On Monday, the U.S. Department of Education launched its application for student loan forgiveness, allowing an estimated 27 million borrowers to seek debt relief. Individual borrowers making under $125,000 or families making under $250,000 can apply for a $10,000 reduction in their loan bills. Pell Grant recipients can receive $20,000.
“This is a huge step,” said Dr. Dominique Baker, an associate professor of education policy and leadership at Southern Methodist University. “This is a significant part of acknowledging the ways that the student loan system has done a disservice to borrowers.”
The application process is designed to be straightforward. A press release from the White House Office of Political Strategy and Outreach claimed that the application could be filled out in less than five minutes. It doesn’t require a Federal Student Aid ID or the uploading of any documents. Applicants need only to fill in their full name, social security number, phone number and email. The application is available in English and Spanish, as well as in desktop and mobile formats.
According to Baker, simple and accessible is exactly how the form should be.
“It conforms to the best practices of what we would hope an application does for government benefits,” she said. “It’s relatively short. It's all information that is generally at the person's fingertips, in their head already. The amount of time and energy that someone has to put into completing it has been reduced as much as possible.”
Based on the crashes and glitches associated with the launches of other high-profile government websites, such as 2013’s Obamacare sign-up website and this year’s COVID-19 test website, borrowers could be forgiven for being skeptical of the new application.
“I was kind of expecting it to be pretty similar to [the Obamacare sign-up] but it was kind of the opposite,” said Melissa Larson, a borrower who has debt from her time at Macalester College. “It was shockingly easy.”
“I ended up just filling it out from my phone,” said Larson. “I was on Instagram or something and someone I follow posted a link to the application, so I went there. It took like two seconds. There was no crashing. My confirmation email came right away.”
Ben Wisniewski, a borrower who has debt from his time at University of Hawaii Law School, had a similarly easy time when he used the beta version of the application this past weekend.
“I had zero problems with it,” he said. “The form was mercifully short. I think I was able to fill it out in like 10 minutes even after paranoid double-checking. I think they did an A+ job.”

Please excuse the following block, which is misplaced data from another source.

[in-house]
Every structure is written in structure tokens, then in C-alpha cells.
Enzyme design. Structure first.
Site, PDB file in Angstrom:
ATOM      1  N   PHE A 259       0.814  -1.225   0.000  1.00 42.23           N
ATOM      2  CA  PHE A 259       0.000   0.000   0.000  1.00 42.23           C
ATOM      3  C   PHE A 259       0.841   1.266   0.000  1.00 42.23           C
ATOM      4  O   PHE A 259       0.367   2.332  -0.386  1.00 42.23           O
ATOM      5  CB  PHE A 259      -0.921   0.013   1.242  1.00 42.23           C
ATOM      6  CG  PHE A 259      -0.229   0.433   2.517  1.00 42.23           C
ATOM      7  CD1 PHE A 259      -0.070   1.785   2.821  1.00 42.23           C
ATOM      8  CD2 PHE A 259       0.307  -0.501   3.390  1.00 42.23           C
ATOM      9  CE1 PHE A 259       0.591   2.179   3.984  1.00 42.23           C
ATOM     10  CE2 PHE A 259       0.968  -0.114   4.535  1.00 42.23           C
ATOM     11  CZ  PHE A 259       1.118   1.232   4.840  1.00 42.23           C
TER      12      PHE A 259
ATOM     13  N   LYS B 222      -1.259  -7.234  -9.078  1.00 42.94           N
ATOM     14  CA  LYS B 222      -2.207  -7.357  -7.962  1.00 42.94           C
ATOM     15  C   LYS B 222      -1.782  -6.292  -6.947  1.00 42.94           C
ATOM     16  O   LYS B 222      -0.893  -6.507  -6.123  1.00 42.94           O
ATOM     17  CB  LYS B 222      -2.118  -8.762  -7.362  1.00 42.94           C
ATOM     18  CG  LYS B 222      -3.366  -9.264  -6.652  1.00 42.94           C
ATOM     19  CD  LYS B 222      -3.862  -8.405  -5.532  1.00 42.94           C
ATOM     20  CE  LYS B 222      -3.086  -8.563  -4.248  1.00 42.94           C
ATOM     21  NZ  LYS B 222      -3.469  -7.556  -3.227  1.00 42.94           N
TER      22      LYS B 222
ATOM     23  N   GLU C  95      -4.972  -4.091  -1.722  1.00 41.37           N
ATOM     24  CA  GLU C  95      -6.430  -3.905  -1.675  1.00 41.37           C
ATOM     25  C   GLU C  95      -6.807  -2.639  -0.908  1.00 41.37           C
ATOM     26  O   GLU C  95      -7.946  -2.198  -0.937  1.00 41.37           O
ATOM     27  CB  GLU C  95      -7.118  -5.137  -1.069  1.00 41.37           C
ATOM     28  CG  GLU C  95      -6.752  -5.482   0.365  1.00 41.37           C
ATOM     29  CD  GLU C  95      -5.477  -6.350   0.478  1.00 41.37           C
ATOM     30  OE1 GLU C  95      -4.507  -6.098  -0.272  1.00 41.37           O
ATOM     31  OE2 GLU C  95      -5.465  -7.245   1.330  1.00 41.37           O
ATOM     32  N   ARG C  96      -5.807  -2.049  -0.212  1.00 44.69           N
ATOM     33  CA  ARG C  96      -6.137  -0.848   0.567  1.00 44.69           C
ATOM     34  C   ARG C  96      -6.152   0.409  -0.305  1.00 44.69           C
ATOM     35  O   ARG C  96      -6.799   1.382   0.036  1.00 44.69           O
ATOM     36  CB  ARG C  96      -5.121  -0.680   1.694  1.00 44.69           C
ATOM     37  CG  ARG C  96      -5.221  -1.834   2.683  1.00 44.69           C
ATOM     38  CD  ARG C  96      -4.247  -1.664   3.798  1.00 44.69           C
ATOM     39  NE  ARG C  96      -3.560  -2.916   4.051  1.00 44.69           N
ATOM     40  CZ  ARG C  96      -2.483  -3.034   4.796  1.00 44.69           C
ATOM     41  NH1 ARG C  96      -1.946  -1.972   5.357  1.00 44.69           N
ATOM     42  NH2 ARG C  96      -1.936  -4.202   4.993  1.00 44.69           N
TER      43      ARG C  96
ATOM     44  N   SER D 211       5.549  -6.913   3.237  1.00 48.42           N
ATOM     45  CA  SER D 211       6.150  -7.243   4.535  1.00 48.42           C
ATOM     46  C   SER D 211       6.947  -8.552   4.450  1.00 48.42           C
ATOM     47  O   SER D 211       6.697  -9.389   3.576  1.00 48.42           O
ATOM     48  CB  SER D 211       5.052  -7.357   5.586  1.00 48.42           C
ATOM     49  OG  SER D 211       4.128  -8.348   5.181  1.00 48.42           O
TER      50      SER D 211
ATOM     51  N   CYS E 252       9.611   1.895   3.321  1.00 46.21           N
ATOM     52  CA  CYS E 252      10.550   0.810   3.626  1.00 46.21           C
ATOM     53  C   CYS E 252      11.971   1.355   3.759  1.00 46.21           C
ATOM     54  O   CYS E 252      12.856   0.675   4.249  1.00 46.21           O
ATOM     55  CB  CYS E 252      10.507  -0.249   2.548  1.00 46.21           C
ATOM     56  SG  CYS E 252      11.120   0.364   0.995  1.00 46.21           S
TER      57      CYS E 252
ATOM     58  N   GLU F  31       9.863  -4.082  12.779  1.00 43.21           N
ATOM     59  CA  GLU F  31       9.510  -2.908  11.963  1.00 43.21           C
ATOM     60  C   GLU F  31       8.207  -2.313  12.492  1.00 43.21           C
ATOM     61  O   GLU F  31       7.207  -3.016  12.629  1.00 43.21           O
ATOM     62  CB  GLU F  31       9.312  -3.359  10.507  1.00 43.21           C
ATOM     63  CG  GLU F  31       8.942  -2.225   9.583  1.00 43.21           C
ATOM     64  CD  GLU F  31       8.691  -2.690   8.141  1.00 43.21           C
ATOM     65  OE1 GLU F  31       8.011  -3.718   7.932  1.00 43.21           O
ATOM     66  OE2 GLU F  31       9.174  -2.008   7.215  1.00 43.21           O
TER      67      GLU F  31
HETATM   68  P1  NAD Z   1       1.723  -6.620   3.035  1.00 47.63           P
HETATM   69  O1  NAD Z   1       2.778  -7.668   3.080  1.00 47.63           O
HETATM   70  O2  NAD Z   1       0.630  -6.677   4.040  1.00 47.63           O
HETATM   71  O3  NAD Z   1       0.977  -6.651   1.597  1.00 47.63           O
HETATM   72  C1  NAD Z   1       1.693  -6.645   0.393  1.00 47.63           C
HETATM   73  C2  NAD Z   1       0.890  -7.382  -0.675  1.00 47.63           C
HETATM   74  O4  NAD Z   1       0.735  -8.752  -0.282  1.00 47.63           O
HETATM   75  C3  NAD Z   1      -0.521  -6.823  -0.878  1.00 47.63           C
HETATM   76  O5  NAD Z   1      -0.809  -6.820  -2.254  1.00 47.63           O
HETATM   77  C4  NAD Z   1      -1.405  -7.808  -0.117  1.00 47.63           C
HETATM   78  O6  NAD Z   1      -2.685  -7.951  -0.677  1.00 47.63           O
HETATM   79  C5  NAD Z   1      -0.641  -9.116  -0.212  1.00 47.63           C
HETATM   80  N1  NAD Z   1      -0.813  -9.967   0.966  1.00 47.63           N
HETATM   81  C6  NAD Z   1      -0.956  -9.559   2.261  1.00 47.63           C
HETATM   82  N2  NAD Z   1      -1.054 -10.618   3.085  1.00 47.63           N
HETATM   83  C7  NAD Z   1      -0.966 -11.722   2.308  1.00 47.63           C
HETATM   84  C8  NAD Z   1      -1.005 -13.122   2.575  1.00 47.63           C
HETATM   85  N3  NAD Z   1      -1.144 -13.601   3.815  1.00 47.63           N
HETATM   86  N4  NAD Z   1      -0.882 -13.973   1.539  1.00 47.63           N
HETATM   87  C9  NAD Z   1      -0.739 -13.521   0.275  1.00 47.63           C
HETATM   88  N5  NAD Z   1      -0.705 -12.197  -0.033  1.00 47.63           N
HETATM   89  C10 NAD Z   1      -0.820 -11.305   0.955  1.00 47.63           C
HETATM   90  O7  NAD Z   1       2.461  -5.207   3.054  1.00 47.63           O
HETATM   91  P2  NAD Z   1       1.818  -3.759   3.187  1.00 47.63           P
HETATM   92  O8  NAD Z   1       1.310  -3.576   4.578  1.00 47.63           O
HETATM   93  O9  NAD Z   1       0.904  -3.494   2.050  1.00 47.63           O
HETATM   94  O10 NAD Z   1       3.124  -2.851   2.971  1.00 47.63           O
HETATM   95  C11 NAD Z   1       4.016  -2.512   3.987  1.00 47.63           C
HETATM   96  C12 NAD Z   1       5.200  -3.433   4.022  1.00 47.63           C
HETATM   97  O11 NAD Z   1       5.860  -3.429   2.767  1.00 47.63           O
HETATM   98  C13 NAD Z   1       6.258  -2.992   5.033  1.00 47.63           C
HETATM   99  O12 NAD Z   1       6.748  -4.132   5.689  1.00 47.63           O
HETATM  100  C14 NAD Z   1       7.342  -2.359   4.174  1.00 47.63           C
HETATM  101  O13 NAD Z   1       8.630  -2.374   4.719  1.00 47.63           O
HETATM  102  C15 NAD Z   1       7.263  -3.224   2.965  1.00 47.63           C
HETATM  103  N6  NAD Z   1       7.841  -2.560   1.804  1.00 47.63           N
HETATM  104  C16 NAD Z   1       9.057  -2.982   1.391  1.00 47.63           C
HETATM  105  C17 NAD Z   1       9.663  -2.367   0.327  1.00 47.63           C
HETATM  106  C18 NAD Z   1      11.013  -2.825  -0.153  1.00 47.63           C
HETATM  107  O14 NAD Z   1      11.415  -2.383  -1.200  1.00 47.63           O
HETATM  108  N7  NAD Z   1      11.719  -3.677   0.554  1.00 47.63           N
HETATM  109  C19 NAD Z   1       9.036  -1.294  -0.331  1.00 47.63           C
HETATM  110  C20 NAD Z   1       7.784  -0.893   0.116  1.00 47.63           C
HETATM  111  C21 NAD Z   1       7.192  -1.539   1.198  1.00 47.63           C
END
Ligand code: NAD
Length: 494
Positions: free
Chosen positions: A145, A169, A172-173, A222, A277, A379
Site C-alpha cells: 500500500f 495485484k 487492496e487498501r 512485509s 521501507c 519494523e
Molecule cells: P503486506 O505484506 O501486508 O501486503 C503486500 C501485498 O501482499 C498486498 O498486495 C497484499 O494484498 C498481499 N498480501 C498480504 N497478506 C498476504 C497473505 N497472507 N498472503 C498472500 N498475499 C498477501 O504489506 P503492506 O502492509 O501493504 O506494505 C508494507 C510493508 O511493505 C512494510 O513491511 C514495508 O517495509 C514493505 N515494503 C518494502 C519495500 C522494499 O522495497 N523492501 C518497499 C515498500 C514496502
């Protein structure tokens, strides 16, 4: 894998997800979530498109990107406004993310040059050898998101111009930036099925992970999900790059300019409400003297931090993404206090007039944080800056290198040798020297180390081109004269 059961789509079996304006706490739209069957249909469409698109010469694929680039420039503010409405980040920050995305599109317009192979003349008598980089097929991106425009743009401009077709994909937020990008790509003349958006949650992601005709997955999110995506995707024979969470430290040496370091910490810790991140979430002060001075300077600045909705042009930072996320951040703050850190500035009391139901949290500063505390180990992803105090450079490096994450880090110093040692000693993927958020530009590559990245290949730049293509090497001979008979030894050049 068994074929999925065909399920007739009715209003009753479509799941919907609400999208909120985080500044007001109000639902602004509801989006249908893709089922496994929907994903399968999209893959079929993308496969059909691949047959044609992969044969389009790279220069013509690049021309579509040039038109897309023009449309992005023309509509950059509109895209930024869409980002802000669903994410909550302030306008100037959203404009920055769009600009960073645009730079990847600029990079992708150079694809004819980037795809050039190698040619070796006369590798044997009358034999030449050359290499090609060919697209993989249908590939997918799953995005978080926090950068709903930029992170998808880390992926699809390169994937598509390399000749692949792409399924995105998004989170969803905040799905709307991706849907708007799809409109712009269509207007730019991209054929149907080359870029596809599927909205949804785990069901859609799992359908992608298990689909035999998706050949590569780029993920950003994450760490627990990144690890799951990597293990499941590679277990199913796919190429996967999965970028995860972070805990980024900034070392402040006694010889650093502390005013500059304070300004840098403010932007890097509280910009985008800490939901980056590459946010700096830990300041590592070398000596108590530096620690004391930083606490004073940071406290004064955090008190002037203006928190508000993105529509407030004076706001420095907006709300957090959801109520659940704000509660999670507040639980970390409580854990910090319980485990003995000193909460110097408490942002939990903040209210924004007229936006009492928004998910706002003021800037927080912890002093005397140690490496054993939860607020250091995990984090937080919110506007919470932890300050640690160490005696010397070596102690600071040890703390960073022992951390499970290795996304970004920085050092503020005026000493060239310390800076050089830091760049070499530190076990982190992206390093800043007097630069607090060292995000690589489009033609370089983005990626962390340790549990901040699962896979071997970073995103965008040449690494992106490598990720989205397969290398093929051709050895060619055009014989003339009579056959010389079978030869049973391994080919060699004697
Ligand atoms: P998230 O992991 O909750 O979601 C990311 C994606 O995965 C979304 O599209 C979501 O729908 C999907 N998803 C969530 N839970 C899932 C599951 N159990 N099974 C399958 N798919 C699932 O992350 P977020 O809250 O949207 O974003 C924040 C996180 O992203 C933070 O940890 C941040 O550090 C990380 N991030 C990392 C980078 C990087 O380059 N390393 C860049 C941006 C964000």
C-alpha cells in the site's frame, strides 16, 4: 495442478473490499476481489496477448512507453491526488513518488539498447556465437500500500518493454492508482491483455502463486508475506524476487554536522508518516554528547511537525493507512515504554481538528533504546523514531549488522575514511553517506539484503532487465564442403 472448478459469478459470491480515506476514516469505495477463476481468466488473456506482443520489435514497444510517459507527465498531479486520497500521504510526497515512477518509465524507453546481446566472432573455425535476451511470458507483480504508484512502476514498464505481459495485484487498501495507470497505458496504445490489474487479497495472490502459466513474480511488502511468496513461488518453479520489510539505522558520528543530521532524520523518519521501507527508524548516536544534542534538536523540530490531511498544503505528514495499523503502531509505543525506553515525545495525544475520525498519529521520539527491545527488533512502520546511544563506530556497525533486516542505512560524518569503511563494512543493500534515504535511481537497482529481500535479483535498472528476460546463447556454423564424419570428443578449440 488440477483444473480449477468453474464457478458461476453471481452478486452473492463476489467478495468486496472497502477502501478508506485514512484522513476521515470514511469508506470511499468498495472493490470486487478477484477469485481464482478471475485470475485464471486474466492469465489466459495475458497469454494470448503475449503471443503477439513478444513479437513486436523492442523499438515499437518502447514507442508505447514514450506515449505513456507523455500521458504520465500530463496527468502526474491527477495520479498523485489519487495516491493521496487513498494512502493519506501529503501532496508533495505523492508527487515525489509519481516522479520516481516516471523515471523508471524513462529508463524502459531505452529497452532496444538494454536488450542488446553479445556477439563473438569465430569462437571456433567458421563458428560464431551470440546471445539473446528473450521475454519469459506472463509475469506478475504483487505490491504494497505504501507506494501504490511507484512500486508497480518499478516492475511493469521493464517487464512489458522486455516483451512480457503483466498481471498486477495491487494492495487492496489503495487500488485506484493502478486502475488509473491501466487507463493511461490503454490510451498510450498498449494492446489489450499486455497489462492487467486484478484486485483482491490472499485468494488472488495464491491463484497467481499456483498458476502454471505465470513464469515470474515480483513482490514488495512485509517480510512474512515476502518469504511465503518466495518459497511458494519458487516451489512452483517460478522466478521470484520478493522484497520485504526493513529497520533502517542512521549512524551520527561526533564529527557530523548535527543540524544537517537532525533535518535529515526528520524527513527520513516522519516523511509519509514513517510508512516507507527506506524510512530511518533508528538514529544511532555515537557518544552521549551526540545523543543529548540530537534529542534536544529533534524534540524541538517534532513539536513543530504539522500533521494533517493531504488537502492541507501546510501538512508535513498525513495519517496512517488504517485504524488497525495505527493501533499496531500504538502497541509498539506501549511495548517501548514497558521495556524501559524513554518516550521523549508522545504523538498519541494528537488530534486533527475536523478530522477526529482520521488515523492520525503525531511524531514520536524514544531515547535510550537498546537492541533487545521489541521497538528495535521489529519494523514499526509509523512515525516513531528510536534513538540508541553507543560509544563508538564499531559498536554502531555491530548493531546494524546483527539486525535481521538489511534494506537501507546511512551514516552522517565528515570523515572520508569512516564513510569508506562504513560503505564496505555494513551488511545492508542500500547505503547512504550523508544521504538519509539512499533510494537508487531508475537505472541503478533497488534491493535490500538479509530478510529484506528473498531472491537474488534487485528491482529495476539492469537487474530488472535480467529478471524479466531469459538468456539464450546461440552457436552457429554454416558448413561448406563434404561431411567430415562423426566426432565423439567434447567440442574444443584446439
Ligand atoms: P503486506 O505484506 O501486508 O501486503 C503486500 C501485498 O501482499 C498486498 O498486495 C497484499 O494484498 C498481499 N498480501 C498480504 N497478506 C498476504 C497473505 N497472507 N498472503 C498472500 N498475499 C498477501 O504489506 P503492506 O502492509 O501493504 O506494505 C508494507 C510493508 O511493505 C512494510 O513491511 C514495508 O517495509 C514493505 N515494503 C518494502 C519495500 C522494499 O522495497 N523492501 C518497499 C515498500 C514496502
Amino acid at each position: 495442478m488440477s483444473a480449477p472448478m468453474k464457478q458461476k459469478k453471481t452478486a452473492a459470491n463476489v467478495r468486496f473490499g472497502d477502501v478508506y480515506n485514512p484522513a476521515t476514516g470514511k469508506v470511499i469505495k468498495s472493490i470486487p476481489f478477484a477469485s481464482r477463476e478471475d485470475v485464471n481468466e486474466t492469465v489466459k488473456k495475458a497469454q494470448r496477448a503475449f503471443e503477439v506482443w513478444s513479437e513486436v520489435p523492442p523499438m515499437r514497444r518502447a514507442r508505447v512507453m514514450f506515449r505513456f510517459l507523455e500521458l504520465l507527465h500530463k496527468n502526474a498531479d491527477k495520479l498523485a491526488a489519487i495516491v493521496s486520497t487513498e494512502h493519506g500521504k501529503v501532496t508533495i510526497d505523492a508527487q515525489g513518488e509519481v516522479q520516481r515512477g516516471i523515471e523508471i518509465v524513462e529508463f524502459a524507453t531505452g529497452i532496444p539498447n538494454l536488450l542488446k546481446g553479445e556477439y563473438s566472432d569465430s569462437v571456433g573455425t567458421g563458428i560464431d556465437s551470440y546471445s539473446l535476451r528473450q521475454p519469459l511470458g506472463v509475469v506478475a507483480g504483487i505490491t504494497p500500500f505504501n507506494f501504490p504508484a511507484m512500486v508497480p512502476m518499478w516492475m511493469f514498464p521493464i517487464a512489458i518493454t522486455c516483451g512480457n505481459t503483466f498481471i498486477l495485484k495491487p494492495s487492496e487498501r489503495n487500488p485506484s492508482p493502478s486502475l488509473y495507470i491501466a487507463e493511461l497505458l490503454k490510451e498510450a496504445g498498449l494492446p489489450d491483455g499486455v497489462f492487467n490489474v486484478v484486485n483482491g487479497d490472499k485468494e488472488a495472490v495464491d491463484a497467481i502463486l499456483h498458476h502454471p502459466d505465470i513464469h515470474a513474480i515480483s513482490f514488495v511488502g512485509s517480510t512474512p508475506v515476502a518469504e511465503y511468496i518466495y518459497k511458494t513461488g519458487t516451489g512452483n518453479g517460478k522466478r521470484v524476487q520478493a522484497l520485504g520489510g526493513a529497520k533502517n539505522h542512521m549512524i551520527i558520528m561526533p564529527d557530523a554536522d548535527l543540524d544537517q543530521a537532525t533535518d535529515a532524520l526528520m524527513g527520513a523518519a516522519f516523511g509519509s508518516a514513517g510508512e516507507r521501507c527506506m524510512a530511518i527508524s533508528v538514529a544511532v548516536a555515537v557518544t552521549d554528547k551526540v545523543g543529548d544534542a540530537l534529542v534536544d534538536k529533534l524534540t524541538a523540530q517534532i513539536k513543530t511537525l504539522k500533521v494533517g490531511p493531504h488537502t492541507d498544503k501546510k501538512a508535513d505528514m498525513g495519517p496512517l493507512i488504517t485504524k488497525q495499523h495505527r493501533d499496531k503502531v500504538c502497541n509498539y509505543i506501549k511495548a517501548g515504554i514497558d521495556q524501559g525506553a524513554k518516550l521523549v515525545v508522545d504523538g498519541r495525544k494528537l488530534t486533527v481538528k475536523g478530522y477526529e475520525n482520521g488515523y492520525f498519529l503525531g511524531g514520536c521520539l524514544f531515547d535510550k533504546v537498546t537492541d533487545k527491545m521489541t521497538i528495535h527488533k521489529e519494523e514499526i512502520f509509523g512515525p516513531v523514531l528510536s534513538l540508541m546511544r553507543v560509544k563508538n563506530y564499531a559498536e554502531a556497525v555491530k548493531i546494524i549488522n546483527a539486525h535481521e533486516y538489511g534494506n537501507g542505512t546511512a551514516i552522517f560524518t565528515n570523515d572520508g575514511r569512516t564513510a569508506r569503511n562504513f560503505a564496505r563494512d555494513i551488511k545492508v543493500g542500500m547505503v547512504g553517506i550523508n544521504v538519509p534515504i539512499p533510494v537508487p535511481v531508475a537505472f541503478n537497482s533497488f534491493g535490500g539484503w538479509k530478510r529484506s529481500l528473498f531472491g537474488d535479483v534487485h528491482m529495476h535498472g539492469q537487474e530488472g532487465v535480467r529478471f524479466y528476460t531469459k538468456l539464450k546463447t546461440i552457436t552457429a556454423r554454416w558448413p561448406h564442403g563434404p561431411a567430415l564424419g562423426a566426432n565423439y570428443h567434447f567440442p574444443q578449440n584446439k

The Biden administration said that twelve million borrowers have completed the application as of Monday.
However, one group of students has reported trouble. On several social media platforms, people who described themselves as Americans living abroad wrote that they could not access the application.
Eric Jackson, an American living in Panama who has debt from his time at Detroit College of Law, described himself as “annoyed, not surprised.”
“I think it was a blunder that had not been thought about,” he said. “Or maybe they were afraid of a flood of fraud spam. But there are ways to deal with that.”
The application website notes that a paper version of the application will be available soon and that borrowers can apply for relief through the end of 2023. The Department of Education did not respond to a request for comment by press time.
The application’s release is also politically significant, according to Dr. Robert Kelchen, head of the Department of Educational Leadership and Policy Studies at the University of Tennessee, Knoxville.
“It's in advance of the midterm elections and it's in advance of some of the lawsuits that are coming up,” said Kelchen. “The Department of Education has promised they won't start forgiving debt until at least October 23rd. I think they would very much like to start forgiving debt before the midterms if courts allow them to do so.”
The release of the application also serves a political purpose in the event that lawsuits against debt forgiveness stymie the program.
“It makes debt forgiveness more real, more salient, if people have filled out an application for it,” said Kelchen. “If there is a successful lawsuit against debt forgiveness, the Biden administration is hoping that those borrowers will then go out and blame Republicans.”
Despite the threats to the program, Larson’s experience with the application has made her more confident that she and others can receive financial relief.
“The fact that it was easily accessible on a phone made me hopeful that everything's going to be smooth,” she said. “I've noticed a lot of the people in communities that I follow on social have been posting about this a lot. I hope the ease makes it so everyone actually does it.”
“I'm hopeful,” she said. “If we have to have an application, this one's pretty darn good.”
Jon Edelman can be reached at JEdelman@DiverseEducation.com.